How an epic gamble exposed the rot inside an oil empire
The letters started to arrive in early April. One after the other, the titans of global finance, from JPMorgan Chase & Co. to HSBC Holdings Plc, demanded the immediate and urgent repayment of hundreds of millions of dollars in loans.
On the receiving end was Hin Leong, one of the most powerful and secretive names in oil trading. Founded in 1963 by a Chinese immigrant known to everyone in the industry as OK Lim, it was a giant in the world of shipping fuel from its base in Singapore.
Over the decades it had become one of the most fabled trading houses, the source of a billion-dollar fortune, and the subject of stories about legendary deals that made rivals sweat. But earlier this month, as oil prices collapsed in the fallout from the coronavirus, its foundations crumbled.
Banks had already been pulling credit lines, spooked by defaults at other trading houses. Smelling something wrong at Hin Leong, they started to ask for their money. When it failed to repay promptly, they called in their lawyers, and the game was up.
OK Lim, known formally as Lim Oon Kuin, has fallen on his sword, revealing he hid more than $800 million in losses speculating in oil futures over the years. Worse still for the banks, Lim said he had secretly sold some of the million of barrels of oil inventories the company had pledged as collateral for its loans. The gap between the company’s assets and its liabilities stands at $3.34 billion.
The Singapore police force is now investigating the company while the Monetary Authority of Singapore, the nation’s financial regulator and central bank, has been in contact with Hin Leong’s bank creditors, according to people familiar with the matter.
The closely knit trading community in Singapore, where players bet hundreds of millions of dollars every day on the price of oil, is in shock at the downfall of one of its biggest names. Hin Leong, which means “prosperity” in Chinese, sought protection from its creditors in Singapore on April 17. Having spent decades keeping the inner workings of his company secret, Lim came clean in a startling mea culpa.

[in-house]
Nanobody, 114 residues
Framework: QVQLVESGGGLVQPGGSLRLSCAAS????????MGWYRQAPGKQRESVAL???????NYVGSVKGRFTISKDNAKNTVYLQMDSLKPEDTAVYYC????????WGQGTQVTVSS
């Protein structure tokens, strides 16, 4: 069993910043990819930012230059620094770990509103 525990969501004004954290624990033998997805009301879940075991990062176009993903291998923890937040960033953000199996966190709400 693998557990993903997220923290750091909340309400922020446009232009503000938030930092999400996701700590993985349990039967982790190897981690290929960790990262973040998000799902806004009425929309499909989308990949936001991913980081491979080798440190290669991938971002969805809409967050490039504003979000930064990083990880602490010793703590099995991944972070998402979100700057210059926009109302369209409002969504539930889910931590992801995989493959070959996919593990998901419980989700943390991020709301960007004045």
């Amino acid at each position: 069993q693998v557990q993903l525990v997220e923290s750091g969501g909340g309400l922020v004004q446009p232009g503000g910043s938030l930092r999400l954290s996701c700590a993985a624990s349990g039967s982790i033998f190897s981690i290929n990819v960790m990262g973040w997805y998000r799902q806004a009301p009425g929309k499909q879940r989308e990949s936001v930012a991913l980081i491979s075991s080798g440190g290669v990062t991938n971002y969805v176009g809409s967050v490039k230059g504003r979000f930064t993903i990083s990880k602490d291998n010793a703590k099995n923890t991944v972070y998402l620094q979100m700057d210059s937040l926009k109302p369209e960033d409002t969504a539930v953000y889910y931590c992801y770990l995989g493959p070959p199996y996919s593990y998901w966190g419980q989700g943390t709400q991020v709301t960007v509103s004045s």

“I had given instructions to the finance department to prepare the accounts without showing the losses and told them that I would be responsible if anything went wrong,” Lim said in an affidavit seen by Bloomberg News. Although Hin Leong Trading (Pte) Ltd.’s official accounts showed a profit of $78 million in its 2019 fiscal year, “in truth,” Lim explained, the company “has not been making profits in the last few years.”The rise and fall of Hin Leong is a tale of humble beginnings, business acumen and luck. But above all, it shows that Lim, a keen poker player according to those who know him, was willing to bet, and bet big, in the loosely regulated and opaque world of oil trading. This month, he lost his biggest hand.
“Hin Leong is a company that likes risk,” said Jorge Montepeque, a veteran oil market executive who knows OK Lim. “But this time the risk became too big.”
This account of the trading house and its founding family is based on interviews with business associates, rivals, bankers and consultants, plus presentations to creditors and affidavits made by the founder and his son in support of court applications. While some of the people spoke publicly, most asked not to be named because of the sensitivity of the situation.
Multiple attempts by phone and email to reach Lim, members of his family or officials from his companies for comment were unsuccessful.
The demise of Hin Leong has far-reaching repercussions for a market that literally fuels global trade. Singapore is the world’s biggest hub for shipping fuel. The trading house’s bunkering unit was the third-largest supplier in the city last year, according to the Maritime and Port Authority.
Thanks to its unique position straddling the sea lanes that connect China to the rest of the world, Singapore has become one of the world’s top commodity trading hubs, alongside Geneva, London and Houston.
“Hin Leong was instrumental in helping the growth of Singapore as an oil hub and bunkering location,” said Jean-Francois Lambert, a commodity industry consultant and former trade finance banker with HSBC.